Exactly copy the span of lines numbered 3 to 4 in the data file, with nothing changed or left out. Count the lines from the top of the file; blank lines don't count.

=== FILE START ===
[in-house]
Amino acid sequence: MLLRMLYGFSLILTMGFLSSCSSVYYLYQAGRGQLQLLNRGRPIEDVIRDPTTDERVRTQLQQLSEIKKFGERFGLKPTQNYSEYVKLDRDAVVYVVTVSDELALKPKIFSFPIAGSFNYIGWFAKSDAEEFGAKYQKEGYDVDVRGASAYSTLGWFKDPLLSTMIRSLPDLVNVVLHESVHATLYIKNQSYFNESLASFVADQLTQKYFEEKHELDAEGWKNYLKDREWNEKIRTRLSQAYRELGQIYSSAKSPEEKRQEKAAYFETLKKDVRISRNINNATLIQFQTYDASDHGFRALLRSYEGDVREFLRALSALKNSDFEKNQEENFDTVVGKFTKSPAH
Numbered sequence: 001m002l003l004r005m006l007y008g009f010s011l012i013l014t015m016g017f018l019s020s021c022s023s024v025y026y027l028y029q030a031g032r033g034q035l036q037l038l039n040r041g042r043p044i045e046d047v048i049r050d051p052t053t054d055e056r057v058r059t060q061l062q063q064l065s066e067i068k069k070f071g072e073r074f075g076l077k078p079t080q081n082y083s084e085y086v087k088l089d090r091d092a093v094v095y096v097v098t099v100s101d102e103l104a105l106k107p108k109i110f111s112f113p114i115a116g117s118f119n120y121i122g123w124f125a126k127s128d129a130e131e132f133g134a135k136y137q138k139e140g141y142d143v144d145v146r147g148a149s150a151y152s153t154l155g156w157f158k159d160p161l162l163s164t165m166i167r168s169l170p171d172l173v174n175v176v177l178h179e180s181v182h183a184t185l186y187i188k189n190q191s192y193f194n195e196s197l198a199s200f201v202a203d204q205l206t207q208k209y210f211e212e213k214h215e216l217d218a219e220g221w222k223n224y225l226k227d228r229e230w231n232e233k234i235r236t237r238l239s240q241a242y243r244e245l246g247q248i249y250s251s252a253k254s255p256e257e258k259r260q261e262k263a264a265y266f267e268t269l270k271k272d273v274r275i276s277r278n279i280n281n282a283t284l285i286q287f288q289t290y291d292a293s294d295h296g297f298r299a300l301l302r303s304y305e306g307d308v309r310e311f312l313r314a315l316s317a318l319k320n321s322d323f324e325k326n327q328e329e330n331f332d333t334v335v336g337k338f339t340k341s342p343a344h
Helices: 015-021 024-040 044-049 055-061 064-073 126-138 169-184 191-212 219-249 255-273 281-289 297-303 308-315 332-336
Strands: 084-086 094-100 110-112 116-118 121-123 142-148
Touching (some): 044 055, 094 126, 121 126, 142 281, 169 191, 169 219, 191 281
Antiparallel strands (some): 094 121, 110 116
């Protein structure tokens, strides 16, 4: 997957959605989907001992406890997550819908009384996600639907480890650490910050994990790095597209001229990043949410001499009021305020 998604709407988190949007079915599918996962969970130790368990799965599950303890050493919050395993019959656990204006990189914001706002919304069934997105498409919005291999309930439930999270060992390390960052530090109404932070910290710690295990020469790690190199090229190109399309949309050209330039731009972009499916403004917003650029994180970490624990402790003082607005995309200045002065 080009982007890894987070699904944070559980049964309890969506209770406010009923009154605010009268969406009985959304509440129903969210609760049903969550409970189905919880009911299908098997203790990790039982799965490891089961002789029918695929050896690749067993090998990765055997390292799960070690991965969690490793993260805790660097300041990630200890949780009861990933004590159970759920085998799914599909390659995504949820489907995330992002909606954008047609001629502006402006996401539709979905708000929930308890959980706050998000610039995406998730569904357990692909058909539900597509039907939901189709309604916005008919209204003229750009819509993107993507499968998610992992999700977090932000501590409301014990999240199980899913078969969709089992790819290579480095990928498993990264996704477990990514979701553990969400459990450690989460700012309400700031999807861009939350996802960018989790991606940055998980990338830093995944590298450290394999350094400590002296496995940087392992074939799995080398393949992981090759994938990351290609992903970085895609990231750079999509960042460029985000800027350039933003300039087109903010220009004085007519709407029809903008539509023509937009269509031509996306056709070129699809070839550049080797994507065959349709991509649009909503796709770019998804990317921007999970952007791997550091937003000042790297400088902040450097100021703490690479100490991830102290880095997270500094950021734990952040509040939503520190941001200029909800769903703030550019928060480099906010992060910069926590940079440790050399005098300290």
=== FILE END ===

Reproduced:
Numbered sequence: 001m002l003l004r005m006l007y008g009f010s011l012i013l014t015m016g017f018l019s020s021c022s023s024v025y026y027l028y029q030a031g032r033g034q035l036q037l038l039n040r041g042r043p044i045e046d047v048i049r050d051p052t053t054d055e056r057v058r059t060q061l062q063q064l065s066e067i068k069k070f071g072e073r074f075g076l077k078p079t080q081n082y083s084e085y086v087k088l089d090r091d092a093v094v095y096v097v098t099v100s101d102e103l104a105l106k107p108k109i110f111s112f113p114i115a116g117s118f119n120y121i122g123w124f125a126k127s128d129a130e131e132f133g134a135k136y137q138k139e140g141y142d143v144d145v146r147g148a149s150a151y152s153t154l155g156w157f158k159d160p161l162l163s164t165m166i167r168s169l170p171d172l173v174n175v176v177l178h179e180s181v182h183a184t185l186y187i188k189n190q191s192y193f194n195e196s197l198a199s200f201v202a203d204q205l206t207q208k209y210f211e212e213k214h215e216l217d218a219e220g221w222k223n224y225l226k227d228r229e230w231n232e233k234i235r236t237r238l239s240q241a242y243r244e245l246g247q248i249y250s251s252a253k254s255p256e257e258k259r260q261e262k263a264a265y266f267e268t269l270k271k272d273v274r275i276s277r278n279i280n281n282a283t284l285i286q287f288q289t290y291d292a293s294d295h296g297f298r299a300l301l302r303s304y305e306g307d308v309r310e311f312l313r314a315l316s317a318l319k320n321s322d323f324e325k326n327q328e329e330n331f332d333t334v335v336g337k338f339t340k341s342p343a344h
Helices: 015-021 024-040 044-049 055-061 064-073 126-138 169-184 191-212 219-249 255-273 281-289 297-303 308-315 332-336